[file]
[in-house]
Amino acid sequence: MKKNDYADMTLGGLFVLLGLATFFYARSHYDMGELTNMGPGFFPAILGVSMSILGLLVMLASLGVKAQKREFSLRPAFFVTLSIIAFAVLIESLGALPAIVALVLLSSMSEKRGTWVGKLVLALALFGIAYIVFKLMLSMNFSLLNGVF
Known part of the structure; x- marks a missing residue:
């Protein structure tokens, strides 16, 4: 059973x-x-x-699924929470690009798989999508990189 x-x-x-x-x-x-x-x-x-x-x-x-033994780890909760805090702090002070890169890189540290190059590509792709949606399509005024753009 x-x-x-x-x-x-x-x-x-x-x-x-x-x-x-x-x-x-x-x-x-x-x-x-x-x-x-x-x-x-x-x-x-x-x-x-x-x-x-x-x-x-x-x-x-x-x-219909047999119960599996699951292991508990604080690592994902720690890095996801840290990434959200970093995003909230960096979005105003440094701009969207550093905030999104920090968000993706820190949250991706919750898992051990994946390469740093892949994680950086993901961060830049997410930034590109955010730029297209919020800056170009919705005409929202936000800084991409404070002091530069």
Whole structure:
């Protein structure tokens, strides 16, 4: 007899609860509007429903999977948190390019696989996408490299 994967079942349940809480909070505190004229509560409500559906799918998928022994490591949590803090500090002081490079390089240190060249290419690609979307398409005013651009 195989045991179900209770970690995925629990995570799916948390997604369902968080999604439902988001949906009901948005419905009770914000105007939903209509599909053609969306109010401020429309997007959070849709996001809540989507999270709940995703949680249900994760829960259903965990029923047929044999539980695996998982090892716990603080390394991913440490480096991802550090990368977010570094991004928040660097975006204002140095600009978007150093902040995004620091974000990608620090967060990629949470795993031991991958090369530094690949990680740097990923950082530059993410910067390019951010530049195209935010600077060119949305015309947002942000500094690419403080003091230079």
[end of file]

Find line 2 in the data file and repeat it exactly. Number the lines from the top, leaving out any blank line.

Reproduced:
Amino acid sequence: MKKNDYADMTLGGLFVLLGLATFFYARSHYDMGELTNMGPGFFPAILGVSMSILGLLVMLASLGVKAQKREFSLRPAFFVTLSIIAFAVLIESLGALPAIVALVLLSSMSEKRGTWVGKLVLALALFGIAYIVFKLMLSMNFSLLNGVF